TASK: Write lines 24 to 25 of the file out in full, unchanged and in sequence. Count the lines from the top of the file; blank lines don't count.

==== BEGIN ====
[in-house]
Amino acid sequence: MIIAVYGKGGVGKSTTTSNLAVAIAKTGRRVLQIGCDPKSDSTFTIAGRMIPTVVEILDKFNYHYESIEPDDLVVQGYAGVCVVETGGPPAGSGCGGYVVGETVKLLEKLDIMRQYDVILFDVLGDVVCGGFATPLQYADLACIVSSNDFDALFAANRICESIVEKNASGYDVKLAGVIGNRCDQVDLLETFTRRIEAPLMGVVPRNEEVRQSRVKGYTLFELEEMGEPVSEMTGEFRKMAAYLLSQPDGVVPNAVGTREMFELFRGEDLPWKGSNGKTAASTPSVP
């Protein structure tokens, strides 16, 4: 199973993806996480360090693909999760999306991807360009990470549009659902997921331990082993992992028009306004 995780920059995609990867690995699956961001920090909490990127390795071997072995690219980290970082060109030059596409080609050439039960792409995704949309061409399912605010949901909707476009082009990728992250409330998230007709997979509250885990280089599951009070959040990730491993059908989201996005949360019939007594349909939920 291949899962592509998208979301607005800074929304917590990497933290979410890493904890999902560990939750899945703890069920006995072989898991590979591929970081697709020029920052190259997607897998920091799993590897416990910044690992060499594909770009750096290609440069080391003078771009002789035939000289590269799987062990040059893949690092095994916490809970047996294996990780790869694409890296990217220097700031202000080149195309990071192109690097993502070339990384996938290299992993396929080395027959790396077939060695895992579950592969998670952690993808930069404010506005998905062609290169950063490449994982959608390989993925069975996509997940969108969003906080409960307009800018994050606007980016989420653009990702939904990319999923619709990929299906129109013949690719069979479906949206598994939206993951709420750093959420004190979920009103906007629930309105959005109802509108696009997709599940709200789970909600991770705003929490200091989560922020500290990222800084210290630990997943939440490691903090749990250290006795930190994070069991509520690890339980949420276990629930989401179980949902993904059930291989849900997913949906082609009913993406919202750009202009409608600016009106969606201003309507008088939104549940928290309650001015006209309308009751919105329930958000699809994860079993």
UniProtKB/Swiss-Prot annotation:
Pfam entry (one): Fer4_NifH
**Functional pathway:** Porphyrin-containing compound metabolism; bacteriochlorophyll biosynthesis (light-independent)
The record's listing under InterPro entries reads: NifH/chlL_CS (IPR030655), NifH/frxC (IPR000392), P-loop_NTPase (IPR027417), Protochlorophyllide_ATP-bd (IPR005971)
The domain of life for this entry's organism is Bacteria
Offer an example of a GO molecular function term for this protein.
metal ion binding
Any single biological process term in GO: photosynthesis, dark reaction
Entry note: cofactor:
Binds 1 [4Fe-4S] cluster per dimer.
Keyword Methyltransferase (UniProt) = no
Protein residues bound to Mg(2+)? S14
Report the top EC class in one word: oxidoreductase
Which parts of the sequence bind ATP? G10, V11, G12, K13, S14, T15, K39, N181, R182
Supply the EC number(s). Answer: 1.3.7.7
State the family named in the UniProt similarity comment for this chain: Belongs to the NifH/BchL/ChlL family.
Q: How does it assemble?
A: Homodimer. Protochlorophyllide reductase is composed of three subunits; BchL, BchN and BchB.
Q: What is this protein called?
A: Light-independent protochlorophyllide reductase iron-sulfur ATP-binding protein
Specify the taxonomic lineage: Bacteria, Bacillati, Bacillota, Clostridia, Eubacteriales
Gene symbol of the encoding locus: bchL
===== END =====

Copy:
Specify the taxonomic lineage: Bacteria, Bacillati, Bacillota, Clostridia, Eubacteriales
Gene symbol of the encoding locus: bchL